Explanation: Sunlight, composed of photons, reaching the Earth definitely has equivalent mass. That’s the reason the area covered in shadow weighs less than the area being pushed by light.
The sunlight emitted in a day would be around 3.7*1024 kg. If you collect all the sunlight in a perfect mirror box, the mass of the box will increase by that amount (because of the photon energy). Furthermore, freely streaming mass-less protons are deflected by gravitational fields.
On a sunny day, Chicago weighs 140 kilograms more, simply because sunlight is falling on it.
8. Where Is The Center Of The Universe?
Short Answer: Everywhere
Explanation: The Universe started with a “Big Bang” about 13.7 billion years ago, and it has been expanding ever since. The center of this expansion is everywhere. No matter where you are in the Universe, everything will seem to be expanding or moving away from you at the same rate.
Now you may ask, aren’t we located at some point with respect to the Universe? Well, we certainly are. If you have a powerful telescope that could see all the way to the end of the Universe, would you find more Universe on one side of Earth than the other? No, it looks the same in all directions. That doesn’t mean the Earth is the center.
Let’s take the Universe as a balloon that is being inflated with air. Imagine yourself as one of the many dots on a spherical balloon. The other dots will be getting away from you as the balloon gets bigger. In fact, every dot is getting farther from each other at the same rate. No matter what dot you represent, it looks as you are at the center of the expanding balloon. The same happens in 3-dimensional space.
7. Which Came First – The Egg or The Chicken?
Short Answer: The Egg
Explanation: The egg-laying animals existed way far before the chicken came. So technically, the egg came before the chicken.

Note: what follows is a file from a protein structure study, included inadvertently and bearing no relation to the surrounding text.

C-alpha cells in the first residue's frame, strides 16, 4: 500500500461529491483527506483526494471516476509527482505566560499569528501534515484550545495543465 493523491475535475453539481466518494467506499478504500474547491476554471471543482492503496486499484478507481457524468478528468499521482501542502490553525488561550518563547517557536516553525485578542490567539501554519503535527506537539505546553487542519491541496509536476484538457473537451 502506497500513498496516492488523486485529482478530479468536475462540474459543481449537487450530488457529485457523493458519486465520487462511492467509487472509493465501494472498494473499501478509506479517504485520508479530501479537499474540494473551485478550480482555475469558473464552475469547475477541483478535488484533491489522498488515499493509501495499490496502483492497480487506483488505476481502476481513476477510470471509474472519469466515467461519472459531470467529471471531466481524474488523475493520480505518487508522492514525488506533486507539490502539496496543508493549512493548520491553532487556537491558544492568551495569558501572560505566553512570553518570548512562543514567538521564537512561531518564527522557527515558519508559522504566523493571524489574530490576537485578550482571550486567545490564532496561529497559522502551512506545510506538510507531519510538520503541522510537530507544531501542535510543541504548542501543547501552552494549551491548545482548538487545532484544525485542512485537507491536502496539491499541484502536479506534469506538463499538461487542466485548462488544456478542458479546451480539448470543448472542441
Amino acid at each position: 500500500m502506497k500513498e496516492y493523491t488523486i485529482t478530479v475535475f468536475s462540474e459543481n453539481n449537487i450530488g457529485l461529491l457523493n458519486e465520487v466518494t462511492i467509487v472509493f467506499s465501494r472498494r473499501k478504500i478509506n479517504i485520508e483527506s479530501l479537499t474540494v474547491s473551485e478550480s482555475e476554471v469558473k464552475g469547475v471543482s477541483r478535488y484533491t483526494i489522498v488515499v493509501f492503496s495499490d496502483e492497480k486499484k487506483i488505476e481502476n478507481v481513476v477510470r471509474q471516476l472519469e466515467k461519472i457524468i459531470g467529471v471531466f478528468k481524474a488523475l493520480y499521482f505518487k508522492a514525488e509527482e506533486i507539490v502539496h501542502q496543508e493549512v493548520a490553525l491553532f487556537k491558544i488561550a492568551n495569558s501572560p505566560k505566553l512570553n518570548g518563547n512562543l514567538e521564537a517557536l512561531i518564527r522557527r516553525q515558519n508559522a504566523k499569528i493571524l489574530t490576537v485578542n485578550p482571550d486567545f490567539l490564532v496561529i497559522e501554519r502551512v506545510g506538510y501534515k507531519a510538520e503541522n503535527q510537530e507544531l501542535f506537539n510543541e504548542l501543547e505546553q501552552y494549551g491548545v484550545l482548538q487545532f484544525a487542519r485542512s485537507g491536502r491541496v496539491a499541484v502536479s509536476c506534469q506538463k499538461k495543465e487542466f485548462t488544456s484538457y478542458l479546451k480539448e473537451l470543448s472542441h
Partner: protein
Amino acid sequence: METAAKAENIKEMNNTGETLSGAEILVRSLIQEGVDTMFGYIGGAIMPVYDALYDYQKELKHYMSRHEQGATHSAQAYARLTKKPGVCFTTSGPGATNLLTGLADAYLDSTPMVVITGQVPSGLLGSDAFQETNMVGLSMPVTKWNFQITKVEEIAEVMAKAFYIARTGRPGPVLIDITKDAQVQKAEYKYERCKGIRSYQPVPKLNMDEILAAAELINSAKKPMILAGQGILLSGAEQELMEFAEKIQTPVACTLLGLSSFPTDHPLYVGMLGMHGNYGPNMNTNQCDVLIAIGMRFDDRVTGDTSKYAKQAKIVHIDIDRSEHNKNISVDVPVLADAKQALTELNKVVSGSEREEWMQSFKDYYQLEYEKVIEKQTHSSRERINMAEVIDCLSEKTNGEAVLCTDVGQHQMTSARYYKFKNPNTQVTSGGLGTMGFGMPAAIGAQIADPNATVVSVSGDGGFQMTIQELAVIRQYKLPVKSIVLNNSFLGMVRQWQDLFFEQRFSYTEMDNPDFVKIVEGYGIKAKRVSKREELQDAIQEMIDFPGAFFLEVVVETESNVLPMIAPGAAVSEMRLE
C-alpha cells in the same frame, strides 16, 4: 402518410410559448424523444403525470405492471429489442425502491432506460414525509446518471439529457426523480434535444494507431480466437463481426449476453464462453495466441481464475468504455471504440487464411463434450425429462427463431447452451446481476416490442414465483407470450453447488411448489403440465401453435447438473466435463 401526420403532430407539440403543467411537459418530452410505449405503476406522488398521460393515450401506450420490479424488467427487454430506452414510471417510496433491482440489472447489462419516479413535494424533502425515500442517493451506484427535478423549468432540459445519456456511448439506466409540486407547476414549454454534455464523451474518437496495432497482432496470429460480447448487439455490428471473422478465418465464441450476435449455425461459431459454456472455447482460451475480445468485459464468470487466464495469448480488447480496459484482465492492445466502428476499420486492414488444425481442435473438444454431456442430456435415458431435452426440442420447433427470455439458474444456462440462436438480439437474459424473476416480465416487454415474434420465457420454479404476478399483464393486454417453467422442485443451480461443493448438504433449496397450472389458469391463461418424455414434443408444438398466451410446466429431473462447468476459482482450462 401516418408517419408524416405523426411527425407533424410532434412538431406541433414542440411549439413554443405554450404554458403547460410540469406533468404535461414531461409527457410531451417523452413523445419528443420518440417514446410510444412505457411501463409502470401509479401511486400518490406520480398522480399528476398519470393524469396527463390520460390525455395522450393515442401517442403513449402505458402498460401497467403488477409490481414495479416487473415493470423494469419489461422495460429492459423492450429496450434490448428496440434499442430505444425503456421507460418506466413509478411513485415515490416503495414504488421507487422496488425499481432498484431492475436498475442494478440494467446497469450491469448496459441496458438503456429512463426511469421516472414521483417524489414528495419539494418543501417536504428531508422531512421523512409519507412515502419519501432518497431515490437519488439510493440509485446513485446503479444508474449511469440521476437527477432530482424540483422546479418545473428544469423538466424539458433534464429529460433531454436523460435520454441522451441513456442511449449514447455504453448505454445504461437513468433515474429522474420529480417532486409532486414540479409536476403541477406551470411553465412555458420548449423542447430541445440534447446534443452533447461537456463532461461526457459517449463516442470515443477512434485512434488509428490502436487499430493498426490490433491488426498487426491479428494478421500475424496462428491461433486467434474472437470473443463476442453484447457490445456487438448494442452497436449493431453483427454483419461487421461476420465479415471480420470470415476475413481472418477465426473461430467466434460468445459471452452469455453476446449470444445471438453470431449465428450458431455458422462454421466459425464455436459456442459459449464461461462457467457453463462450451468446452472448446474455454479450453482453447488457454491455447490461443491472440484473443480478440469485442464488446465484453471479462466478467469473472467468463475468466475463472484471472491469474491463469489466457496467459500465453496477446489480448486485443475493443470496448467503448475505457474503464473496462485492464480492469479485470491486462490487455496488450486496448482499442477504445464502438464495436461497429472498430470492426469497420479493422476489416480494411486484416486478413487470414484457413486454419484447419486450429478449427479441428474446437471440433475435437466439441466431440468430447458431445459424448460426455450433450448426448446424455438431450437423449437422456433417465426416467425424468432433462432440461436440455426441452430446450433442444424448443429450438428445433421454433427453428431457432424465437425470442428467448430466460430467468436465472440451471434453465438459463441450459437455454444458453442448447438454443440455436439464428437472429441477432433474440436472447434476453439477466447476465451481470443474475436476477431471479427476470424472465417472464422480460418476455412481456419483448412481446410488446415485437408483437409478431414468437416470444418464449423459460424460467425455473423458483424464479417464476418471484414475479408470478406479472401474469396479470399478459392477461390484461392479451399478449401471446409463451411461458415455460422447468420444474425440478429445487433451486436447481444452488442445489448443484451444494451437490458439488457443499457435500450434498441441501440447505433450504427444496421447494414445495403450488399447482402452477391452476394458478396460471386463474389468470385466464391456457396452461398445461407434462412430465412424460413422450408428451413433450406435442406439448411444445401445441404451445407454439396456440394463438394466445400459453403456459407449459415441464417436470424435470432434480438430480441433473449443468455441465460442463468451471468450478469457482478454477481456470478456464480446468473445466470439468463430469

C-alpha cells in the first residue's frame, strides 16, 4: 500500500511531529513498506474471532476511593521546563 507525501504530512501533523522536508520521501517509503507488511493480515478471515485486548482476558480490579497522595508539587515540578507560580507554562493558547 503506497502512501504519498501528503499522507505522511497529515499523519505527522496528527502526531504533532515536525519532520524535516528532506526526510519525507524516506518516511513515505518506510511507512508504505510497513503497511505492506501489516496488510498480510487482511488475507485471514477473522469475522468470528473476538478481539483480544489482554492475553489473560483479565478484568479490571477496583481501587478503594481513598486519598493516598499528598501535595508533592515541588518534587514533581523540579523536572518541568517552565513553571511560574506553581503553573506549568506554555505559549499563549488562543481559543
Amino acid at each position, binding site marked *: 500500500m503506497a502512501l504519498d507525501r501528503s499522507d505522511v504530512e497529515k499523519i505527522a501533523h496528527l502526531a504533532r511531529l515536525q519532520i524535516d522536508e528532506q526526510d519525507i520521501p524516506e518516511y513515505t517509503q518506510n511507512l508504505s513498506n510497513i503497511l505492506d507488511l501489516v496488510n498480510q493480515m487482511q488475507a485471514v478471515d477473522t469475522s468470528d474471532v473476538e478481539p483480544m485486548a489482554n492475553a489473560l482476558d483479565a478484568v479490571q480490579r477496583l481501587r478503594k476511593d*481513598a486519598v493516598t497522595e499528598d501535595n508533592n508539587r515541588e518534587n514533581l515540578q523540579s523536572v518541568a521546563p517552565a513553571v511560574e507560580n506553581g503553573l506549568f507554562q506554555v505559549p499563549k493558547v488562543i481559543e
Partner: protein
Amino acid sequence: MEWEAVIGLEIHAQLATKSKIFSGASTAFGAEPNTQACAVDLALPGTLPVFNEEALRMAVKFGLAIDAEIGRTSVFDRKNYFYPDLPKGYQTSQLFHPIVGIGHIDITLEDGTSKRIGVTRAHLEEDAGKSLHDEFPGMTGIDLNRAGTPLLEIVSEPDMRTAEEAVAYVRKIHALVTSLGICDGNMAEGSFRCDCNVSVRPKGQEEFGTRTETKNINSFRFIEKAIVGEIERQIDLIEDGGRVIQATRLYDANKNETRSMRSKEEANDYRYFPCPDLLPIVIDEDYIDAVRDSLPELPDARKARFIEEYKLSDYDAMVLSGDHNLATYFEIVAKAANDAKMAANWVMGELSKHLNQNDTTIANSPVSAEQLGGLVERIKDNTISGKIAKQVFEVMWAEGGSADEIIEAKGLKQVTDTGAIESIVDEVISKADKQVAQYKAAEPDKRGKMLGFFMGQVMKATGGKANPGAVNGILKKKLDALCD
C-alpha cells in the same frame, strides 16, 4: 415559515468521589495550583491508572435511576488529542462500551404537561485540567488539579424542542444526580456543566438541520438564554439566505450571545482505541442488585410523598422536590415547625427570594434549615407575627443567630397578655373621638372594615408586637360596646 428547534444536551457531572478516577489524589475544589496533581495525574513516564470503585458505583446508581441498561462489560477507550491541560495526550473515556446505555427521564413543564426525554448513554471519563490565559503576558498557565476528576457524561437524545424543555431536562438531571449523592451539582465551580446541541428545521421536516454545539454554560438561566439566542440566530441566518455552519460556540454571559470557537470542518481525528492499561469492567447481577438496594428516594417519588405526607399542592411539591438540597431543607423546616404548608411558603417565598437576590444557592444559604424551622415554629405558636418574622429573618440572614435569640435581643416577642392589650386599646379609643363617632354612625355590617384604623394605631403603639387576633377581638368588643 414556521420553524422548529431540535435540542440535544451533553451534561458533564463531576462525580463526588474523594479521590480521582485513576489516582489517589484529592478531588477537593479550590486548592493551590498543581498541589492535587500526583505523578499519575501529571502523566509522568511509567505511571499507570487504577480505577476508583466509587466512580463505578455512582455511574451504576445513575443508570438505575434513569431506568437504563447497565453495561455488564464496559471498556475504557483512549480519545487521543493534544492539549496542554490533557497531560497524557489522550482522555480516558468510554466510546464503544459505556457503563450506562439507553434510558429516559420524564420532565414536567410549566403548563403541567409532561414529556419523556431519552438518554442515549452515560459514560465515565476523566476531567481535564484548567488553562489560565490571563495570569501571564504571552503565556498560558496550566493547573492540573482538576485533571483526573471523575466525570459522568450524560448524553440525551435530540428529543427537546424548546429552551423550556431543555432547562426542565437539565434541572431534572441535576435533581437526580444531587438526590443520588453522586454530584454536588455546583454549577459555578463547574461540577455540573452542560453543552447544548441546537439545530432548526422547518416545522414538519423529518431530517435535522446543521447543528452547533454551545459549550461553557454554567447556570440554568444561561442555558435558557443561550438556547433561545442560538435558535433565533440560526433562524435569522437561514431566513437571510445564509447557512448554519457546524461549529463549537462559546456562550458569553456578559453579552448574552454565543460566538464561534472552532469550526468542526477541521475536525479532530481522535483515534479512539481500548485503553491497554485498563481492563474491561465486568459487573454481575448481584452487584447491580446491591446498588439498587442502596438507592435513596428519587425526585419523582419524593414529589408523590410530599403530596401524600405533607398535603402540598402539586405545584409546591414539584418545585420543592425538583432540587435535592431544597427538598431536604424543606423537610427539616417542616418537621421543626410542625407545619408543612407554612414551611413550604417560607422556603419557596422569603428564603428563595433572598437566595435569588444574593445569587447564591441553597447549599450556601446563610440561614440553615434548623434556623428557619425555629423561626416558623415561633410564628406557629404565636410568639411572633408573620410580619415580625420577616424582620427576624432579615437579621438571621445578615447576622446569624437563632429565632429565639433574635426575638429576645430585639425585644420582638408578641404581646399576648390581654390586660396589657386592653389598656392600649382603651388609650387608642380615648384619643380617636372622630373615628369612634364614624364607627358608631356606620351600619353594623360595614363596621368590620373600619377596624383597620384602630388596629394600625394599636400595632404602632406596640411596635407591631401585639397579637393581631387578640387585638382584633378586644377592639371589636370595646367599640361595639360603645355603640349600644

Let’s take the clock many, many moons ago when there were no chickens. A creature very similar to chicken (let’s call it proto-chicken) would have mated with other proto-chicken. The two organisms pass their genes in the form of DNA.
However, the replication of DNA is never 100% accurate and very often produces a tiny change for the new organism. These tiny changes in DNA could create a new species over thousands of generations. The same happened with proto-chickens, and the small genetic mutation created the new species called chicken, which grew in an egg.
6. What If Everyone On Earth Jumped At Once?
Short Answer: Nothing
Explanation: There are more than 7 billion humans on Earth. That means total human weight could be approximately 7*80 billion kg. However, the total mass of the Earth is 5.9*1024 kg, which is comparatively way too high. According to Sir Newton, there is always an equal and opposite reaction to every action. So technically, there will be a tiny impact.
If all of us get together at one location and jump 30 cm above ground at the exact same time, we would push the Earth away from us about 5.3*10-14 meters, which 1/100th of the width of a single hydrogen atom. And when you get back on the ground, the Earth would move back to its previous position.
5. Can You Fire A Gun In Space?
Short Answer: Yes
Explanation: Guns don’t require oxygen to work, so the vacuum of outer space will not be a problem. The gunpowder is completely self-contained and doesn’t depend on the atmosphere. The gun will work better in space. The bullet will not have to compress or push the air in the barrel, and it can travel infinite distances in space.
Because it is in space, it will curve eventually. The orbit of the bullet will be different (depending on speed and position of the bullet) from the orbit of the person who fired it. Firing in the straight direction of orbit will result in an eccentric orbit, and because the Universe is expanding continuously (73 kilometers per sec per megaparsec), the bullet will never stop and will travel forever alone.
On the moon, if you fire a powerful gun (of 1,600 m/s bullet speed) at the horizon and then wait for a while, you can get hit in the back of the head.
4. How Much Money Is There In The World?
Short Answer: 75 trillion US dollars
Explanation: Well, it’s difficult to figure out the accurate number, but that amount has a special name and divided into four categories i.e., M0, M1, M2, and M3.
M0: This is the smallest measure of money supply that includes aggregate evolve coins and banknotes. This amount is slightly more than 5 trillion US dollars. This is really huge, but it is less than even 10 percent of the total money we humans have available to spend.